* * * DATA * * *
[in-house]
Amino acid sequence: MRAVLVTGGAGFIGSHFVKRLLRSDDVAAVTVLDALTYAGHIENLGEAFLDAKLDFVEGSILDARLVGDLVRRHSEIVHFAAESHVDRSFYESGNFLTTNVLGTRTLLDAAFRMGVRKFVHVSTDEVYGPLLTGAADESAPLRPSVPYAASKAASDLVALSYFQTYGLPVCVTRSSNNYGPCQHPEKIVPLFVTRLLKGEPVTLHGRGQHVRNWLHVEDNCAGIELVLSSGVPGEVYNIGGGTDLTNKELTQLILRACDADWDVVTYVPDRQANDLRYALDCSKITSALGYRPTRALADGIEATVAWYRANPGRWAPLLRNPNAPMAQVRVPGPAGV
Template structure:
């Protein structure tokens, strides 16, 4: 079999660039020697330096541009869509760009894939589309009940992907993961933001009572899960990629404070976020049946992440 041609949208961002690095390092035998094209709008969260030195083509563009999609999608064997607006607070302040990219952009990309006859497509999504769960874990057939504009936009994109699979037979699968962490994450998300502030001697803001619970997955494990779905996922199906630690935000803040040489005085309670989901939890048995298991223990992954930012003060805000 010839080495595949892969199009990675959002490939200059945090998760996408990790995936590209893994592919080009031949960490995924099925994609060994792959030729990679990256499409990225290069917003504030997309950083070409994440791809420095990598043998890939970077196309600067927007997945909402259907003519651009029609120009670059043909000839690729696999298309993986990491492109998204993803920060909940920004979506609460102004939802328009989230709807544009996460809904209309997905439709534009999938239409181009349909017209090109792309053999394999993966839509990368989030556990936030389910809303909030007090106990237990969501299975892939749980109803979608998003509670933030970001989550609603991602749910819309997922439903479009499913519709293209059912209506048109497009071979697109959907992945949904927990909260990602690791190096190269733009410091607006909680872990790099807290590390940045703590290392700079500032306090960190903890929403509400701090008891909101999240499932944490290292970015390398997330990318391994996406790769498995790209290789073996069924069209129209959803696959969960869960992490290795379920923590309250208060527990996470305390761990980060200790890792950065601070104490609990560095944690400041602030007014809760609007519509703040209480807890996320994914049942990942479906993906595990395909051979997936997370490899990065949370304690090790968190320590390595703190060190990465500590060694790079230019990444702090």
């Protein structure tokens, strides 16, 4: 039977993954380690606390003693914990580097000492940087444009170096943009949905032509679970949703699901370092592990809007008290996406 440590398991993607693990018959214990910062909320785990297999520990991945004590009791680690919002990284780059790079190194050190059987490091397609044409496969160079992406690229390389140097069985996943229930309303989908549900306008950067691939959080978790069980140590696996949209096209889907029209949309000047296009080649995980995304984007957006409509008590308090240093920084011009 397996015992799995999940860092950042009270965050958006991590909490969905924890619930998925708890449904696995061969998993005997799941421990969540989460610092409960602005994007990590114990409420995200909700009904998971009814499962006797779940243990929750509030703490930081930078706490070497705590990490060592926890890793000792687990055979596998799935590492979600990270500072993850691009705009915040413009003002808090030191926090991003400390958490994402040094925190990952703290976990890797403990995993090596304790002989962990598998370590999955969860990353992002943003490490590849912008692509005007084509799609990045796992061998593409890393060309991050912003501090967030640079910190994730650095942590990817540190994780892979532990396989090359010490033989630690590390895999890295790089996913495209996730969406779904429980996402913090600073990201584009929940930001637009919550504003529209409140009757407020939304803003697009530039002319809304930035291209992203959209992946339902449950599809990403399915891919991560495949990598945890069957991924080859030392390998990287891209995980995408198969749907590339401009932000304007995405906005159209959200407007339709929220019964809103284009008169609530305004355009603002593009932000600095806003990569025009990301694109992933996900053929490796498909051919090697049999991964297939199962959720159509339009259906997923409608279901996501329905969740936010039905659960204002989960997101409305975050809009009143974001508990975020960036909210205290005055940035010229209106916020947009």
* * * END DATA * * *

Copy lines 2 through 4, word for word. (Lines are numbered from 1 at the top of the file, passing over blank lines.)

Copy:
Amino acid sequence: MRAVLVTGGAGFIGSHFVKRLLRSDDVAAVTVLDALTYAGHIENLGEAFLDAKLDFVEGSILDARLVGDLVRRHSEIVHFAAESHVDRSFYESGNFLTTNVLGTRTLLDAAFRMGVRKFVHVSTDEVYGPLLTGAADESAPLRPSVPYAASKAASDLVALSYFQTYGLPVCVTRSSNNYGPCQHPEKIVPLFVTRLLKGEPVTLHGRGQHVRNWLHVEDNCAGIELVLSSGVPGEVYNIGGGTDLTNKELTQLILRACDADWDVVTYVPDRQANDLRYALDCSKITSALGYRPTRALADGIEATVAWYRANPGRWAPLLRNPNAPMAQVRVPGPAGV
Template structure:
């Protein structure tokens, strides 16, 4: 079999660039020697330096541009869509760009894939589309009940992907993961933001009572899960990629404070976020049946992440 041609949208961002690095390092035998094209709008969260030195083509563009999609999608064997607006607070302040990219952009990309006859497509999504769960874990057939504009936009994109699979037979699968962490994450998300502030001697803001619970997955494990779905996922199906630690935000803040040489005085309670989901939890048995298991223990992954930012003060805000 010839080495595949892969199009990675959002490939200059945090998760996408990790995936590209893994592919080009031949960490995924099925994609060994792959030729990679990256499409990225290069917003504030997309950083070409994440791809420095990598043998890939970077196309600067927007997945909402259907003519651009029609120009670059043909000839690729696999298309993986990491492109998204993803920060909940920004979506609460102004939802328009989230709807544009996460809904209309997905439709534009999938239409181009349909017209090109792309053999394999993966839509990368989030556990936030389910809303909030007090106990237990969501299975892939749980109803979608998003509670933030970001989550609603991602749910819309997922439903479009499913519709293209059912209506048109497009071979697109959907992945949904927990909260990602690791190096190269733009410091607006909680872990790099807290590390940045703590290392700079500032306090960190903890929403509400701090008891909101999240499932944490290292970015390398997330990318391994996406790769498995790209290789073996069924069209129209959803696959969960869960992490290795379920923590309250208060527990996470305390761990980060200790890792950065601070104490609990560095944690400041602030007014809760609007519509703040209480807890996320994914049942990942479906993906595990395909051979997936997370490899990065949370304690090790968190320590390595703190060190990465500590060694790079230019990444702090």